Inspection Changes Sought Following Fatal Daycare Fire
Three days after a massive fire claimed the lives of five young children at an overnight daycare, it appears changes are going to be made to the way child care centers are inspected.
The investigation into the fatal Harris Family Daycare fire revealed that the building only had one smoke detector in the attic.
According to the Department of Human Services---which is responsible for inspecting child care centers---under law, they can’t cite a facility for a lack of smoke detectors.
In response to the fatal fire, Senator Dan Laughlin has presented a statewide ordinance that would require DHS to check for smoke detectors at each child care center, every year
"Somebody needs to make sure there are working smoke detectors in all of these daycare centers,” said Sen. Laughlin. “I don't think anybody wants to see anything like this happen ever again."
According to the DHS, they are willing to work with other state agencies to ensure safety at child care facilities.
The DHS provided Erie News Now with the following statement:
“The Department of Human Services inspects child care facilities annually to ensure compliance with health and safety standards. In place since 1992, the department’s current regulations for child care facilities relating to fire safety address exits, space heaters, fire places, wood burning/coal burning stoves, and fire drills. See 55 Pa. Code §§ 3290.91 -3290.94. The current regulations do not allow for citing a child care facility for compliance with fire safety codes including the presence and functionality of smoke detectors. If the Department of Human Services observes a possible fire safety violation, it will request additional fire safety inspections by the appropriate agency pursuant to 55 Pa. Code § 20.35(c). This is an unthinkable tragedy, and we are committed to working with other state agencies and local partners to ensure that child care facilities are properly monitored for smoke detectors in the future. We are committed to closing this gap and all options, including amending DHS’ existing regulations, will be considered in the immediate future.”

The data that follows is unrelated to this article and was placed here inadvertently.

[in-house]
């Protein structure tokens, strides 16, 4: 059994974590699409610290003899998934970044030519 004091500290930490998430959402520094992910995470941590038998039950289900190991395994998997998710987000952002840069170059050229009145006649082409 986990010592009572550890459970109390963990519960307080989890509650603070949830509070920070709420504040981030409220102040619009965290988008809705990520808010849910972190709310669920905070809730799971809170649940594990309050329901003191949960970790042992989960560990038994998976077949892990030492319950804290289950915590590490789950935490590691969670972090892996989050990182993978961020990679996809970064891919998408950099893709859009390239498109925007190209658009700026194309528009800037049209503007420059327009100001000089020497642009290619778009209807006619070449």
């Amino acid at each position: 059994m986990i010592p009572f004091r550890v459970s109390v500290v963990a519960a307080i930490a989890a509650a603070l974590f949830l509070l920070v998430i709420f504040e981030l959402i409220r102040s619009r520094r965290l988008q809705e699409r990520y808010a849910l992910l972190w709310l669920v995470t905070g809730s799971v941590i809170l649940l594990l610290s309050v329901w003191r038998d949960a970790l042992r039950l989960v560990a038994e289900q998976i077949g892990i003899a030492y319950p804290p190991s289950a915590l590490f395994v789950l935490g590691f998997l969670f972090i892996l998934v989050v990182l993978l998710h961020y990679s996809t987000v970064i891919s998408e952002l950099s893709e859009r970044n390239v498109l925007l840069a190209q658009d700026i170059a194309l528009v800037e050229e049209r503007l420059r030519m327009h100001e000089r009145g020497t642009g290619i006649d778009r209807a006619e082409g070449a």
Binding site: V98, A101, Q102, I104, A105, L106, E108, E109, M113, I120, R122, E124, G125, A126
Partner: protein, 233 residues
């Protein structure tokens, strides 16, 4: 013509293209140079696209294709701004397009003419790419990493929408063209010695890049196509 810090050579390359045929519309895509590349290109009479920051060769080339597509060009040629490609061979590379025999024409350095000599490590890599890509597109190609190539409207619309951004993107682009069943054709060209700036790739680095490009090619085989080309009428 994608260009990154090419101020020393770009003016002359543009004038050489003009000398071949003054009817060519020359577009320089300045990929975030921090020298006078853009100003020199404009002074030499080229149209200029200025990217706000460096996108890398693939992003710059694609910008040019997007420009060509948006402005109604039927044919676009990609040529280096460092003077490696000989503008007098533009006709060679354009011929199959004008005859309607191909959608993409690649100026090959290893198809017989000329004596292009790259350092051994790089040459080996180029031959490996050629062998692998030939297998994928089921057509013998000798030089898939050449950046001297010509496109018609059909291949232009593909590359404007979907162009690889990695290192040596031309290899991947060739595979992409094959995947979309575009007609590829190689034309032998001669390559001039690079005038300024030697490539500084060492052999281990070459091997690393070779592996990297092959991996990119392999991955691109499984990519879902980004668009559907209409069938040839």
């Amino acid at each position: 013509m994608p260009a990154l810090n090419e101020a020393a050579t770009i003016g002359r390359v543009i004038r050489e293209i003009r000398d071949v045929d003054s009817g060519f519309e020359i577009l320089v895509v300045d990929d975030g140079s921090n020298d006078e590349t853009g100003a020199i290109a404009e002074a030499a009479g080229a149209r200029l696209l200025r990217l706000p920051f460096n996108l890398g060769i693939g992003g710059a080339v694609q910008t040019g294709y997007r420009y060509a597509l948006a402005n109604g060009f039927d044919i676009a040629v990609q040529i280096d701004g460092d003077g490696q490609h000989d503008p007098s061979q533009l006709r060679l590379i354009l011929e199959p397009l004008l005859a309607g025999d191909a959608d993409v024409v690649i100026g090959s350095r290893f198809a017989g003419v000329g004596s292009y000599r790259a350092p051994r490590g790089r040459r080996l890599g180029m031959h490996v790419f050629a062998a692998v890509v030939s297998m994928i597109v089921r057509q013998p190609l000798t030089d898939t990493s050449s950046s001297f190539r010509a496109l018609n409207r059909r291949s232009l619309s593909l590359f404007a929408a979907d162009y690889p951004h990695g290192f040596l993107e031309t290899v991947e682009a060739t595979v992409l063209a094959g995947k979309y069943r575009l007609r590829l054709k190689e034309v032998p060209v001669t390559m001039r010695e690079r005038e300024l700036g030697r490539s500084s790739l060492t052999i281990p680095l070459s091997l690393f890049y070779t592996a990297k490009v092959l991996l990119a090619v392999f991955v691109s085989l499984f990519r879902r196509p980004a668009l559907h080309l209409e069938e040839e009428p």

Meanwhile, the City of Erie is creating its own ordinance that would allow the Erie Fire Department to conduct the inspections, locally.
"We're going to close that gap,” said Erie Fire Chief Guy Santone. “This is unacceptable. This just can't go on anymore."